During last week’s rally, the financial news was fascinated with the S&P eclipsing the 1,400 level for the first time in almost four years. They seemingly missed another important level being eclipsed.
The CBOE Volatility Index (VIX) dropped below the 14 level for the first time since June 2007. When the VIX is low, investor complacency is high and the market is vulnerable. The 2007 reading came just a few months ahead of the all-time high in October of that year.
The VIX hasn’t been a perfect short-term trading indicator over the years, but when it has hit extremely low levels and reversed to move higher, it has been a good sign for playing the market more cautiously.
The VIX has not reversed dramatically higher since last Tuesday’s dip below 14, but it has moved higher.
It should also be noted that the trendline marking the downward trend in volume over the last five months was snapped last week.
During the last four and half years, there have been four clear downtrends in volume. Each time the volume spiked above the trendline, the trend in the S&P reversed.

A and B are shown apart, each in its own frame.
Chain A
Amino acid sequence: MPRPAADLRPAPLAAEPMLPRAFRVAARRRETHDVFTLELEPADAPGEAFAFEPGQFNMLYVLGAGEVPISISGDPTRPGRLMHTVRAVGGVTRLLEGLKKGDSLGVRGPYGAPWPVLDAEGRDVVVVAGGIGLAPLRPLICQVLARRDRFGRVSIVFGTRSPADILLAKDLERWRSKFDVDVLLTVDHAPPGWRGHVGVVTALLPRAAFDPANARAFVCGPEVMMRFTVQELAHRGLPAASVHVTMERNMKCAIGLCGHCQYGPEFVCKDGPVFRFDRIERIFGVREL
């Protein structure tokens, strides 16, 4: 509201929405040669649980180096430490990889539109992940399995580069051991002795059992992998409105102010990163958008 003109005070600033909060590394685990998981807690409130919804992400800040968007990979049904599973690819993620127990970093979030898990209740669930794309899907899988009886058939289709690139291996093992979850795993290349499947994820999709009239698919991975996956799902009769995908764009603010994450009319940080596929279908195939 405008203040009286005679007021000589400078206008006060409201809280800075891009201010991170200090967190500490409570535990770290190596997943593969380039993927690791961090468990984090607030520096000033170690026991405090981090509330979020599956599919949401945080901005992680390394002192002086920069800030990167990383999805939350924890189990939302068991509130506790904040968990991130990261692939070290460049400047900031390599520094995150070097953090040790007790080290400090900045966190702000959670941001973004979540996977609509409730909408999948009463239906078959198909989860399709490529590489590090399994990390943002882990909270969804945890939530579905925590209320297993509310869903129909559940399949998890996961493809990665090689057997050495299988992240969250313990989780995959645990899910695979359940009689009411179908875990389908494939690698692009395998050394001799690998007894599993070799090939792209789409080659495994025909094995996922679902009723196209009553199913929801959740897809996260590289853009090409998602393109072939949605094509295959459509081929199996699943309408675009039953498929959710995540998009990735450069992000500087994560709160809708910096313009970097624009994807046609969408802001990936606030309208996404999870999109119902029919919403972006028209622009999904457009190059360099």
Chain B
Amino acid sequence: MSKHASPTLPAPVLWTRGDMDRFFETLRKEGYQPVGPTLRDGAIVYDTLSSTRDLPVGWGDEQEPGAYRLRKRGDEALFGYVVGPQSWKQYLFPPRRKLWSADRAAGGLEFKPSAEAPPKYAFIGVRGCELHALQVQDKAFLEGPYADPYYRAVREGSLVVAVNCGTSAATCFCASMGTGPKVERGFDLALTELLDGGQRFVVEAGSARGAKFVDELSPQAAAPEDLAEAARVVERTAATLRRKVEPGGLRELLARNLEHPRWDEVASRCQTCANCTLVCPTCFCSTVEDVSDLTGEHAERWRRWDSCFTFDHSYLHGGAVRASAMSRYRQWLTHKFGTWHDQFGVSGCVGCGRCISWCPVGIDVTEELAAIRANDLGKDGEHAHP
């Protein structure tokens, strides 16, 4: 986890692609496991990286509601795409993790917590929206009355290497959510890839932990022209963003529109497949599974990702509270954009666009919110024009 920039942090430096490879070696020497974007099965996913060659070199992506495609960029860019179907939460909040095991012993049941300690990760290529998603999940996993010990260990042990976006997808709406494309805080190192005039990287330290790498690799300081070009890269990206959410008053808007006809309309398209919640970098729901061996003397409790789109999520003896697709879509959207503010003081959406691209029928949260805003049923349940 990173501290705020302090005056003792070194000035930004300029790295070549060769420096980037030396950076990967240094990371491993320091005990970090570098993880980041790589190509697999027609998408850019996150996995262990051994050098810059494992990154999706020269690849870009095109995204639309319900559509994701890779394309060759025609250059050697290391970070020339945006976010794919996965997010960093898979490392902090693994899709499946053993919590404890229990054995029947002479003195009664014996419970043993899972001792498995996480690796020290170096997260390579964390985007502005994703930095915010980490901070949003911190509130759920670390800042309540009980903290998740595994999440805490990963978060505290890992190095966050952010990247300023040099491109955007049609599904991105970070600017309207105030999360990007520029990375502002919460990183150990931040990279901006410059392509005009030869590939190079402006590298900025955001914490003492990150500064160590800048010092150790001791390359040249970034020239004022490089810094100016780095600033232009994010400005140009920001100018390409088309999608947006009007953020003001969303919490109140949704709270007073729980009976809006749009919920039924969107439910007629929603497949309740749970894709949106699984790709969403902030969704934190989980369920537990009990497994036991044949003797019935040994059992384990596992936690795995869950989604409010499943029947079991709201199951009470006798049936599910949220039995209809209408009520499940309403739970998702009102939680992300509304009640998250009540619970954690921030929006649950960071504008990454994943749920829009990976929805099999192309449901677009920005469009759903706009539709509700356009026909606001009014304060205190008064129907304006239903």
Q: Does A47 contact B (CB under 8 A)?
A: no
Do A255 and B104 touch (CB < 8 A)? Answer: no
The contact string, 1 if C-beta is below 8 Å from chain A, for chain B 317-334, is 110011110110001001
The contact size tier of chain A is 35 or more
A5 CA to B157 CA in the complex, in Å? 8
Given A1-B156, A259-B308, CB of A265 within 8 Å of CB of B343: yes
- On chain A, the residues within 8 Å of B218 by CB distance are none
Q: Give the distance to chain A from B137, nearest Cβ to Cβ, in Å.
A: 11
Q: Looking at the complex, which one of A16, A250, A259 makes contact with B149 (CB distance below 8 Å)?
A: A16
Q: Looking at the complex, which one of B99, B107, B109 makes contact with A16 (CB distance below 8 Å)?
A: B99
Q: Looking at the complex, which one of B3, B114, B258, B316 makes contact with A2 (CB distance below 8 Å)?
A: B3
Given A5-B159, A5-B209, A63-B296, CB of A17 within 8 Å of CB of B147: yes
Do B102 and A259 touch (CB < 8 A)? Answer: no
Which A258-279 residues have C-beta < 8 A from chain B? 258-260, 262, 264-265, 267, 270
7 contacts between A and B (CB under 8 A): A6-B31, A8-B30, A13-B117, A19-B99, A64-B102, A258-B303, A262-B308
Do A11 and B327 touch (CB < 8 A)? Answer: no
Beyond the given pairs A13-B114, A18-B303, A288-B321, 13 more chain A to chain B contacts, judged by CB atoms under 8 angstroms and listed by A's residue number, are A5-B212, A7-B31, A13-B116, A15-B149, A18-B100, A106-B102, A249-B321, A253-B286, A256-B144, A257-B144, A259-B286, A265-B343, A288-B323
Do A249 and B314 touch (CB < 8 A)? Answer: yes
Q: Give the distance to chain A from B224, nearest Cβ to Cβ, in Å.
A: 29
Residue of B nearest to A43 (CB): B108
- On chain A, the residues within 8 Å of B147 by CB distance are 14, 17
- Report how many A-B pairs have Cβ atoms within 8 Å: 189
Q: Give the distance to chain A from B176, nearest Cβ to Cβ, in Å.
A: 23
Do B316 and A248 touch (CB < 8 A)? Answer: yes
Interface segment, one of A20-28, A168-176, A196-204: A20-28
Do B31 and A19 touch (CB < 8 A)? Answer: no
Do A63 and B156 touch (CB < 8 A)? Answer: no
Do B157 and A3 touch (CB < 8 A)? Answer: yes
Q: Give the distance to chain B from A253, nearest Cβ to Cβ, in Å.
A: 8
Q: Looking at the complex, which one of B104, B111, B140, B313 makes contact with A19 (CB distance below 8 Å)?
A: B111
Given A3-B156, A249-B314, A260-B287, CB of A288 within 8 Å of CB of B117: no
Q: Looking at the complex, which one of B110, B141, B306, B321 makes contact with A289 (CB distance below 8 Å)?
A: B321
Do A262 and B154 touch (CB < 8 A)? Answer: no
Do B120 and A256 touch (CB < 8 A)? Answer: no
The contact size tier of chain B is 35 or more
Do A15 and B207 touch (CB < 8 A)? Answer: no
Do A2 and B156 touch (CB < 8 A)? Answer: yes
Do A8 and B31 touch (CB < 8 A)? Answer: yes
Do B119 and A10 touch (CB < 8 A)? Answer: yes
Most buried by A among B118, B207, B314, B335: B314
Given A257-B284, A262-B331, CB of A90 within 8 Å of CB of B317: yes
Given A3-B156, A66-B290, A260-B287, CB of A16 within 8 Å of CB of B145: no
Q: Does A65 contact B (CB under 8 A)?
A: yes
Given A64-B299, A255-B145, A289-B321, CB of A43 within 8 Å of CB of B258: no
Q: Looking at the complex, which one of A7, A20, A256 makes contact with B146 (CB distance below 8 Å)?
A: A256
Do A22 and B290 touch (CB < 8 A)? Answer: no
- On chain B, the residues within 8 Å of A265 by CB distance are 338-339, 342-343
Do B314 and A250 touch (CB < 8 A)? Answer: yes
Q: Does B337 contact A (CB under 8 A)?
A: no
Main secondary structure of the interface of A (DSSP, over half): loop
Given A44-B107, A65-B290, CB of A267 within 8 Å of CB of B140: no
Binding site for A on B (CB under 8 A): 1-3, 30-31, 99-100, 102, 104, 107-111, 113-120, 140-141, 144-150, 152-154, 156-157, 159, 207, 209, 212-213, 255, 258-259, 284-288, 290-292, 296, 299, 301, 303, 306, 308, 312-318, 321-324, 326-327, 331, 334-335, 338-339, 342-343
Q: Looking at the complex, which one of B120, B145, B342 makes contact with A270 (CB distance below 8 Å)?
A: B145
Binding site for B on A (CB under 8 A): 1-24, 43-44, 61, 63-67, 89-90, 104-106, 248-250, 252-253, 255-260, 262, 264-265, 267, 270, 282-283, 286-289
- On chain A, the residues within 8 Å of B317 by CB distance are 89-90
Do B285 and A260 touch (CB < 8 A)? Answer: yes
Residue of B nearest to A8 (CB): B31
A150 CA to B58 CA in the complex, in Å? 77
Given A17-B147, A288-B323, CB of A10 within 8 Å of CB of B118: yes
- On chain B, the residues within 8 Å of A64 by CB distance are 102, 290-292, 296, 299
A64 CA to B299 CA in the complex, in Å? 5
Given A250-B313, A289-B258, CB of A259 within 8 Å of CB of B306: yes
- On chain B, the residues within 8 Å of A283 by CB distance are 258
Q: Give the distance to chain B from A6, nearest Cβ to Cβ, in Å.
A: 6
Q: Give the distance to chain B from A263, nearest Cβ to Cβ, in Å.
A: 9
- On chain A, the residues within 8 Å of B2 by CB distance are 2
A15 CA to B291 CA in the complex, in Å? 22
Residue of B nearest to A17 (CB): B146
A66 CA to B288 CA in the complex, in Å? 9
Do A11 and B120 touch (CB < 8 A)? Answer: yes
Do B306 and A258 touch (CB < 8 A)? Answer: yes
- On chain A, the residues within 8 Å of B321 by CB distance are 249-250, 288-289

The first downtrend in volume occurred in late-2008 through early 2009 and was snapped just ahead of the massive rally off the bottom.
The second one came in December 2009 and lasted until March 2010. The volume spiked in early April, just before the S&P suffered a 15 percent correction.
The third instance occurred through the first half of 2011 and was snapped in July as the market peaked.
Will the fourth instance serve as a warning? We will find out in the coming weeks.
© 2023 Newsmax Finance. All rights reserved.